There is also new evidence that acupuncture regulates pain by increasing the availability of certain opioid receptors in the brain. This effectively dampens pain signals, and works in the same way that opioid painkillers such as morphine and codeine would work, but without the dangerous addictive element and side effects. (Source: University of Michigan Health System via Science Daily, “Chinese Acupuncture Affects Brain’s Ability To Regulate Pain”, Aug. 11, 2009.)

Contemporary Chinese Medicine

With its roots in classical texts dating back several thousand years, contemporary Chinese Medicine is the primary health care system for one-third of the global population. Today, this ancient healing art has stood the test of time, and has evolved as a medicine of global relevance. Sustainable, holistic approaches such as Acupuncture are much needed in our American healthcare system, where patient costs are soaring and personal care is not often primary.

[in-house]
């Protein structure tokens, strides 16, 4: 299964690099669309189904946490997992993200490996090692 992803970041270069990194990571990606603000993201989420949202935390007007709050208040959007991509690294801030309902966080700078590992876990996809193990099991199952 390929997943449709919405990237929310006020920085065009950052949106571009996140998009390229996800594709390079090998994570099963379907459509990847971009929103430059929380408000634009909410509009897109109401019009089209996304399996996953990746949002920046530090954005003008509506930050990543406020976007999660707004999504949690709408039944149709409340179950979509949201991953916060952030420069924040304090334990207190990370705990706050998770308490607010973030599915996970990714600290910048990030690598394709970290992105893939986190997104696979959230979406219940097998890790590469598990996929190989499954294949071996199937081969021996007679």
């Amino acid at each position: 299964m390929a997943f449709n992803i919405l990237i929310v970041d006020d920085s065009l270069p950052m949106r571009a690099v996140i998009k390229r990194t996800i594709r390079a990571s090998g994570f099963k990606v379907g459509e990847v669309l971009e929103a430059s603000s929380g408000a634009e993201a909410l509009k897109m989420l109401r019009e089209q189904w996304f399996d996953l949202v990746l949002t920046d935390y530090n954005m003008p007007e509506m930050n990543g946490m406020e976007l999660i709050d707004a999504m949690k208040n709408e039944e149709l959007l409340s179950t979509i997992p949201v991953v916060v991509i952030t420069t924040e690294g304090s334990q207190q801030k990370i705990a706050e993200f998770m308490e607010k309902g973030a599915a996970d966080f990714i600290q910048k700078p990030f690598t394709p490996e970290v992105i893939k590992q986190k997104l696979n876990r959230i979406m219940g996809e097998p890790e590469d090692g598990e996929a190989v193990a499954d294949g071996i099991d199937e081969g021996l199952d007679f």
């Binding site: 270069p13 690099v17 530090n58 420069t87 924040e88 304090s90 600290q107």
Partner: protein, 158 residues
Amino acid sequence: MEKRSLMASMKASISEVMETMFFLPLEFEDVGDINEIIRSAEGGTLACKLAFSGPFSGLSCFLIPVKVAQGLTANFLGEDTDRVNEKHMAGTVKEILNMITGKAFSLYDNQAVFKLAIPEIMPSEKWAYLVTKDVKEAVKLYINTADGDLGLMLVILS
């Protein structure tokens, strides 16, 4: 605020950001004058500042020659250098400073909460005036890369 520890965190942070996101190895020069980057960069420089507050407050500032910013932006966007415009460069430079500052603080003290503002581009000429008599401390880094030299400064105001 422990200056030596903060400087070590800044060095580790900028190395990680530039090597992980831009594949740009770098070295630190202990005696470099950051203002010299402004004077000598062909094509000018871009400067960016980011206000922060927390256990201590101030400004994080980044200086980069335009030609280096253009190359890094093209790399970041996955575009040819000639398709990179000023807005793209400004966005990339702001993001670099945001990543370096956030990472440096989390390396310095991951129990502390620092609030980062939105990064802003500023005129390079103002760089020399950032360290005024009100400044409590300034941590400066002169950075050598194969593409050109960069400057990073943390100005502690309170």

What is qi?

The Chinese character for qi is a picture of a rice pot cooking over a fire; the lid is bobbing up and down, and a bit of steam is escaping from the pot. The rice is not under-cooked and the pot is not overflowing, everything is moving in perfect harmony: life is moving.

Acupuncture helps qi move in the proper direction in your body. Just as a network of rivers, seas, and oceans run throughout the earth to sustain life, your body contains a circuitry of pathways called meridians. Meridians carry qi. The uninterrupted flow of qi in your body is essential to good health. Pain, whether it be physical or emotional, is often the result of the stagnation of qi. Acupuncture is just one way to move qi; exercise, yoga, tai chi, meditation, deep breathing, creative expression, and even lifestyle coaching all contribute to healthy movement.